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‘Low T’ campaign and other disease mongering can do harm, doctors say

The vast majority of TRT sales are to healthy men — men who are being told by TV ads, magazine articles (often written by physicians with ties to the drug industry), and online websites (also tied to the drug industry) that their dips in energy, mood, sex drive and sports performance can be explained by low testosterone levels.

Two commentaries published Monday in the journal JAMA Internal Medicineone by two physicians, the other by a medical writer — examine the subtle but deeply troubling “disease awareness campaigns” being run by Big Pharma.

“Whereas traditional drug promotion such as direct-to-consumer ads, physician samples, gifts, and detailing [physician office visits by drug company salespeople] has received much attention,” write Drs. Lisa M. Schwartz and Steven Wiloshim, co-directors of Dartmouth College’s Center for Medicine and the Media, “far less is known about disease awareness campaigns’ much broader efforts to influence how physicians and the public think about what constitutes disease and when drugs are needed. These well-coordinated campaigns are more subtle than drug-specific campaigns, and they blur the line between public health or professional education and marketing.”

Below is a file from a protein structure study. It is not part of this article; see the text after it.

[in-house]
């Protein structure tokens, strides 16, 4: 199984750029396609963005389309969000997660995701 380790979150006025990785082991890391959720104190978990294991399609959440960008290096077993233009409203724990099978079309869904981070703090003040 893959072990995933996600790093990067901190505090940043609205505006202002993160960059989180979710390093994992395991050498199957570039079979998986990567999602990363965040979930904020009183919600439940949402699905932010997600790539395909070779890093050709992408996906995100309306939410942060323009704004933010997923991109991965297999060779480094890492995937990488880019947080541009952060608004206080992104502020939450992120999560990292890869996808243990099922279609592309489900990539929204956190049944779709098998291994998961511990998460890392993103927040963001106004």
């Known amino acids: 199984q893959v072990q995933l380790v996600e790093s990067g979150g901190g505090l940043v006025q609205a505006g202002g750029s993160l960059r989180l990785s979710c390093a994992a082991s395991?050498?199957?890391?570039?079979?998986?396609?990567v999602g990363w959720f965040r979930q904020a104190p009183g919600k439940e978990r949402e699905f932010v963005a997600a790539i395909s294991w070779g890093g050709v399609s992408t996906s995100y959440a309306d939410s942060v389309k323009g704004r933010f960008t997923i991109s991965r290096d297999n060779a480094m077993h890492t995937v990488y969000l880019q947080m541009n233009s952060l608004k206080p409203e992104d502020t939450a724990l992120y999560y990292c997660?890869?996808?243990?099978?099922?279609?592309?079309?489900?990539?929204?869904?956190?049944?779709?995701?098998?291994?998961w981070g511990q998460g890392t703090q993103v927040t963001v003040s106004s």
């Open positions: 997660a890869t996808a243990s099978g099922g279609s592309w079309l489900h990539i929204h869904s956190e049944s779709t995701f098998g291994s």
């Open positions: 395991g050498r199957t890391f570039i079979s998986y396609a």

Schwartz and Wiloshim and the author of the other commentary, medical writer Stephen Braun, specifically discuss campaigns to promote testosterone replacement therapy (TRT) for so-called Low T, or low testosterone levels in men. But you don’t have to look far to find plenty of other examples of such disease mongering (the stretching of diagnostic definition of an illness to include healthy people). Leading examples include osteoporosis, bipolar disorder, mild cognitive impairment, attention deficit hyperactivity disorder (ADHD), restless legs syndrome, social shyness, irritable bowel syndrome and balding.

Disease mongering is hugely profitable. As Schwartz and Wiloshim point out, U.S. sales of the best-selling TRT product, Abbott Laboratories’ Androgel, topped $1 billion in 2012.